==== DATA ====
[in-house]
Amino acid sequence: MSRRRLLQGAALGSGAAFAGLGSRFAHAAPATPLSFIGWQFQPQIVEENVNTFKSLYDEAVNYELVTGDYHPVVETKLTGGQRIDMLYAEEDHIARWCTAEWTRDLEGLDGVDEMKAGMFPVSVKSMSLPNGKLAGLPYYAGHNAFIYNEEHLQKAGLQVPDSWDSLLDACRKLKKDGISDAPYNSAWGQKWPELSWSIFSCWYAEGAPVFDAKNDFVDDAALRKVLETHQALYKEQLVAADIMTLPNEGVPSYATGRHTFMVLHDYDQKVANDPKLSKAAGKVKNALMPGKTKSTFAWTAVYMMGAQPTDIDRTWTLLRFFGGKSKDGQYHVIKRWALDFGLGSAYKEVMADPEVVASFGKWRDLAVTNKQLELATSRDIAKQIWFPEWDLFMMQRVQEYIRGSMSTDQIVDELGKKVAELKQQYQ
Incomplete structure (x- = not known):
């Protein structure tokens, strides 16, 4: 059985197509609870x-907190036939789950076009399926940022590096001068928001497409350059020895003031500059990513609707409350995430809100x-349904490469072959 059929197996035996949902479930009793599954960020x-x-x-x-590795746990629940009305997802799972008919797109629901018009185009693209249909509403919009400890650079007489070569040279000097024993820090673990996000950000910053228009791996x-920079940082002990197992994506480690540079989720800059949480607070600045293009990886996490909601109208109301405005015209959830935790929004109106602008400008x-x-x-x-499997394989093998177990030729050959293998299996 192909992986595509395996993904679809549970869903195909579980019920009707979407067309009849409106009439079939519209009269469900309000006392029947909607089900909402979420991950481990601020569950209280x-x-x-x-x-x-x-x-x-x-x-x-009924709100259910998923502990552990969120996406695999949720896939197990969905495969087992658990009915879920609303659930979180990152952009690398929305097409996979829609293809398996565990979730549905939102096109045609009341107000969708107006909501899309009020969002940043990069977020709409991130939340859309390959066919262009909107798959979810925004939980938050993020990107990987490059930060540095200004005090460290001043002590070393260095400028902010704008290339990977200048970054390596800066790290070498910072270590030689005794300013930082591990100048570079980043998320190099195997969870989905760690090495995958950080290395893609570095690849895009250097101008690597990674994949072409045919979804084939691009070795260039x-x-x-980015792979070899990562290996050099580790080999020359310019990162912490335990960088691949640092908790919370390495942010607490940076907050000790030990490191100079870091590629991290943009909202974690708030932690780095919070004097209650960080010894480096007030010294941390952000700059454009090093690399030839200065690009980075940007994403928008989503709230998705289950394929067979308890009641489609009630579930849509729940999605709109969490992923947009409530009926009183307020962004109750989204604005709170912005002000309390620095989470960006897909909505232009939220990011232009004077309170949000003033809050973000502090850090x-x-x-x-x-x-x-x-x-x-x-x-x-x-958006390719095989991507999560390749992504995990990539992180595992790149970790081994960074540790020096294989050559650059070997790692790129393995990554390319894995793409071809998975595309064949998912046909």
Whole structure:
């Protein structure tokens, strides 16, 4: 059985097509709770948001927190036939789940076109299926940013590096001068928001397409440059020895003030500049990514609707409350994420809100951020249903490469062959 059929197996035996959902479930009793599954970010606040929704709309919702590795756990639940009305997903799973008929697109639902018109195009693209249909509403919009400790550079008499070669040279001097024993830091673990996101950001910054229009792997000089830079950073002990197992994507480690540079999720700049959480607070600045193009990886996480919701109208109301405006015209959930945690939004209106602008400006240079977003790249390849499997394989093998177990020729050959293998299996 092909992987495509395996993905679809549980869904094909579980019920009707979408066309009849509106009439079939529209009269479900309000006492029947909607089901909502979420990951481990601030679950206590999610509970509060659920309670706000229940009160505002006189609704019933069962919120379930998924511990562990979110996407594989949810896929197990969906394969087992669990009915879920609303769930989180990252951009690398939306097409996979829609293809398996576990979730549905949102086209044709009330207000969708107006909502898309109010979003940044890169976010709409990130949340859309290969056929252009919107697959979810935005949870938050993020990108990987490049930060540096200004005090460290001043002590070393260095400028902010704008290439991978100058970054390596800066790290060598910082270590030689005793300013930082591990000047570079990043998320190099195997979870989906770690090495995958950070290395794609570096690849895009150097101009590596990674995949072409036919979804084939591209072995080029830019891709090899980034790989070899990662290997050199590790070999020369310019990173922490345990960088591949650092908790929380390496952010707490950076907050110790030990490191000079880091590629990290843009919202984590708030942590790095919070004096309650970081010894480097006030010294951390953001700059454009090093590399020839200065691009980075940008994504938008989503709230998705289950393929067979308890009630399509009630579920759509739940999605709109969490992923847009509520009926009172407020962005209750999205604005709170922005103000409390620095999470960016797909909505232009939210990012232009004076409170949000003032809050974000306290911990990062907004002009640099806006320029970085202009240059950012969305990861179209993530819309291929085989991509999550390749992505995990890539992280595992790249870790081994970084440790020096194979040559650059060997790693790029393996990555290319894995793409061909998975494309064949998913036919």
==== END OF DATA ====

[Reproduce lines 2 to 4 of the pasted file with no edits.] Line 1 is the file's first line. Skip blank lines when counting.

Amino acid sequence: MSRRRLLQGAALGSGAAFAGLGSRFAHAAPATPLSFIGWQFQPQIVEENVNTFKSLYDEAVNYELVTGDYHPVVETKLTGGQRIDMLYAEEDHIARWCTAEWTRDLEGLDGVDEMKAGMFPVSVKSMSLPNGKLAGLPYYAGHNAFIYNEEHLQKAGLQVPDSWDSLLDACRKLKKDGISDAPYNSAWGQKWPELSWSIFSCWYAEGAPVFDAKNDFVDDAALRKVLETHQALYKEQLVAADIMTLPNEGVPSYATGRHTFMVLHDYDQKVANDPKLSKAAGKVKNALMPGKTKSTFAWTAVYMMGAQPTDIDRTWTLLRFFGGKSKDGQYHVIKRWALDFGLGSAYKEVMADPEVVASFGKWRDLAVTNKQLELATSRDIAKQIWFPEWDLFMMQRVQEYIRGSMSTDQIVDELGKKVAELKQQYQ
Incomplete structure (x- = not known):
């Protein structure tokens, strides 16, 4: 059985197509609870x-907190036939789950076009399926940022590096001068928001497409350059020895003031500059990513609707409350995430809100x-349904490469072959 059929197996035996949902479930009793599954960020x-x-x-x-590795746990629940009305997802799972008919797109629901018009185009693209249909509403919009400890650079007489070569040279000097024993820090673990996000950000910053228009791996x-920079940082002990197992994506480690540079989720800059949480607070600045293009990886996490909601109208109301405005015209959830935790929004109106602008400008x-x-x-x-499997394989093998177990030729050959293998299996 192909992986595509395996993904679809549970869903195909579980019920009707979407067309009849409106009439079939519209009269469900309000006392029947909607089900909402979420991950481990601020569950209280x-x-x-x-x-x-x-x-x-x-x-x-009924709100259910998923502990552990969120996406695999949720896939197990969905495969087992658990009915879920609303659930979180990152952009690398929305097409996979829609293809398996565990979730549905939102096109045609009341107000969708107006909501899309009020969002940043990069977020709409991130939340859309390959066919262009909107798959979810925004939980938050993020990107990987490059930060540095200004005090460290001043002590070393260095400028902010704008290339990977200048970054390596800066790290070498910072270590030689005794300013930082591990100048570079980043998320190099195997969870989905760690090495995958950080290395893609570095690849895009250097101008690597990674994949072409045919979804084939691009070795260039x-x-x-980015792979070899990562290996050099580790080999020359310019990162912490335990960088691949640092908790919370390495942010607490940076907050000790030990490191100079870091590629991290943009909202974690708030932690780095919070004097209650960080010894480096007030010294941390952000700059454009090093690399030839200065690009980075940007994403928008989503709230998705289950394929067979308890009641489609009630579930849509729940999605709109969490992923947009409530009926009183307020962004109750989204604005709170912005002000309390620095989470960006897909909505232009939220990011232009004077309170949000003033809050973000502090850090x-x-x-x-x-x-x-x-x-x-x-x-x-x-958006390719095989991507999560390749992504995990990539992180595992790149970790081994960074540790020096294989050559650059070997790692790129393995990554390319894995793409071809998975595309064949998912046909």